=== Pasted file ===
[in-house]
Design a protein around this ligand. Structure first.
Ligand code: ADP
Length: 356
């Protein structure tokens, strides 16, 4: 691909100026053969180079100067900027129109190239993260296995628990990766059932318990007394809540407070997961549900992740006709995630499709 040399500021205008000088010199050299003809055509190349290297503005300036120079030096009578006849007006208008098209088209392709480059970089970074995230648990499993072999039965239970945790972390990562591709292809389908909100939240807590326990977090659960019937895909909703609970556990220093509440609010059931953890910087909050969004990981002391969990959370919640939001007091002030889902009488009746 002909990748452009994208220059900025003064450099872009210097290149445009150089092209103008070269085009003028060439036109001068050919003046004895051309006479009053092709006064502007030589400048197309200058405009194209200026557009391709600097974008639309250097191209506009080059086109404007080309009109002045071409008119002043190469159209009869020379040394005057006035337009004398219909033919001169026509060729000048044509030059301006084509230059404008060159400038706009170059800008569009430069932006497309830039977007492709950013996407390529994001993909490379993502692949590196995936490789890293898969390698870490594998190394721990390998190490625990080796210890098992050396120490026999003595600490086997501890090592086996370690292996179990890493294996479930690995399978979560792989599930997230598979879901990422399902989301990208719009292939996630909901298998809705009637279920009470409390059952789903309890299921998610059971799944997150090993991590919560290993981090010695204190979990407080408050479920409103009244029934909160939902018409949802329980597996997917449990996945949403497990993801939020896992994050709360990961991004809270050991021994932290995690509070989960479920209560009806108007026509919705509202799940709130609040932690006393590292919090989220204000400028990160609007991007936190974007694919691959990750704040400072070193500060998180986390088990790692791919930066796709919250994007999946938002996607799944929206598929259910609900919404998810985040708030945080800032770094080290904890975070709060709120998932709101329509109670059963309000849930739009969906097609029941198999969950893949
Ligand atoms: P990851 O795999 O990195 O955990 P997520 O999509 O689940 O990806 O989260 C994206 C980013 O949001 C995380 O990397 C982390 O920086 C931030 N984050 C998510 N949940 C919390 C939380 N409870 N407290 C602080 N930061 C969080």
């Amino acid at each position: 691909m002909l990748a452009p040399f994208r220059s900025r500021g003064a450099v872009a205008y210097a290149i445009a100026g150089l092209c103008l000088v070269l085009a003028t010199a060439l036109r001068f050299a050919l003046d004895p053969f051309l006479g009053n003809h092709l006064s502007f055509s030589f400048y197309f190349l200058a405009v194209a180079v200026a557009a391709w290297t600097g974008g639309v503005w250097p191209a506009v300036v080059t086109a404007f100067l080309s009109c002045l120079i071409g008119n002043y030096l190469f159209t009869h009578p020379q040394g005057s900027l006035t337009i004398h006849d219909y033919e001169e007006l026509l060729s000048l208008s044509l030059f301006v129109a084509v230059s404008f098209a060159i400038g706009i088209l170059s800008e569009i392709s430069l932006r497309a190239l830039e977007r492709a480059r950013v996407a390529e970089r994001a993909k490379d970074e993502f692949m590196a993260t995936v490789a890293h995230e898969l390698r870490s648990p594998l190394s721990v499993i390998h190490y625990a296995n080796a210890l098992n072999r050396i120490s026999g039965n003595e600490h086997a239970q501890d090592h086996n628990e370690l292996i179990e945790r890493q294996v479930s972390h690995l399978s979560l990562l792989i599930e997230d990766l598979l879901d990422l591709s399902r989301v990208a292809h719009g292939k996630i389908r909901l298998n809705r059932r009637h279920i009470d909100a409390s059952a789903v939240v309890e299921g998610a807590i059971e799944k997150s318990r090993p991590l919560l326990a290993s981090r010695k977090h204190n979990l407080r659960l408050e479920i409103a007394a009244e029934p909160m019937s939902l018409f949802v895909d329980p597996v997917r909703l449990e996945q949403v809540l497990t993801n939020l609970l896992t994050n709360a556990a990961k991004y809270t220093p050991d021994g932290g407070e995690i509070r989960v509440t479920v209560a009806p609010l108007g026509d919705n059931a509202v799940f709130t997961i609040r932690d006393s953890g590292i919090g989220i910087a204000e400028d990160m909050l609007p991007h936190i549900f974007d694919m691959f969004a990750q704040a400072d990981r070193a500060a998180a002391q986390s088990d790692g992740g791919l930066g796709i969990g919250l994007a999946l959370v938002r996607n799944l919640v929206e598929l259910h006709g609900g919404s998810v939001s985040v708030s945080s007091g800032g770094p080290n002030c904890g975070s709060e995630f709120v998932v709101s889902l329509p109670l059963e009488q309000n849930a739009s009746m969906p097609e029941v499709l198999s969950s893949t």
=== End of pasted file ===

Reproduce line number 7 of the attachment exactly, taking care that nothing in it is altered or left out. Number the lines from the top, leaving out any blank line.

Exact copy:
């Amino acid at each position: 691909m002909l990748a452009p040399f994208r220059s900025r500021g003064a450099v872009a205008y210097a290149i445009a100026g150089l092209c103008l000088v070269l085009a003028t010199a060439l036109r001068f050299a050919l003046d004895p053969f051309l006479g009053n003809h092709l006064s502007f055509s030589f400048y197309f190349l200058a405009v194209a180079v200026a557009a391709w290297t600097g974008g639309v503005w250097p191209a506009v300036v080059t086109a404007f100067l080309s009109c002045l120079i071409g008119n002043y030096l190469f159209t009869h009578p020379q040394g005057s900027l006035t337009i004398h006849d219909y033919e001169e007006l026509l060729s000048l208008s044509l030059f301006v129109a084509v230059s404008f098209a060159i400038g706009i088209l170059s800008e569009i392709s430069l932006r497309a190239l830039e977007r492709a480059r950013v996407a390529e970089r994001a993909k490379d970074e993502f692949m590196a993260t995936v490789a890293h995230e898969l390698r870490s648990p594998l190394s721990v499993i390998h190490y625990a296995n080796a210890l098992n072999r050396i120490s026999g039965n003595e600490h086997a239970q501890d090592h086996n628990e370690l292996i179990e945790r890493q294996v479930s972390h690995l399978s979560l990562l792989i599930e997230d990766l598979l879901d990422l591709s399902r989301v990208a292809h719009g292939k996630i389908r909901l298998n809705r059932r009637h279920i009470d909100a409390s059952a789903v939240v309890e299921g998610a807590i059971e799944k997150s318990r090993p991590l919560l326990a290993s981090r010695k977090h204190n979990l407080r659960l408050e479920i409103a007394a009244e029934p909160m019937s939902l018409f949802v895909d329980p597996v997917r909703l449990e996945q949403v809540l497990t993801n939020l609970l896992t994050n709360a556990a990961k991004y809270t220093p050991d021994g932290g407070e995690i509070r989960v509440t479920v209560a009806p609010l108007g026509d919705n059931a509202v799940f709130t997961i609040r932690d006393s953890g590292i919090g989220i910087a204000e400028d990160m909050l609007p991007h936190i549900f974007d694919m691959f969004a990750q704040a400072d990981r070193a500060a998180a002391q986390s088990d790692g992740g791919l930066g796709i969990g919250l994007a999946l959370v938002r996607n799944l919640v929206e598929l259910h006709g609900g919404s998810v939001s985040v708030s945080s007091g800032g770094p080290n002030c904890g975070s709060e995630f709120v998932v709101s889902l329509p109670l059963e009488q309000n849930a739009s009746m969906p097609e029941v499709l198999s969950s893949t």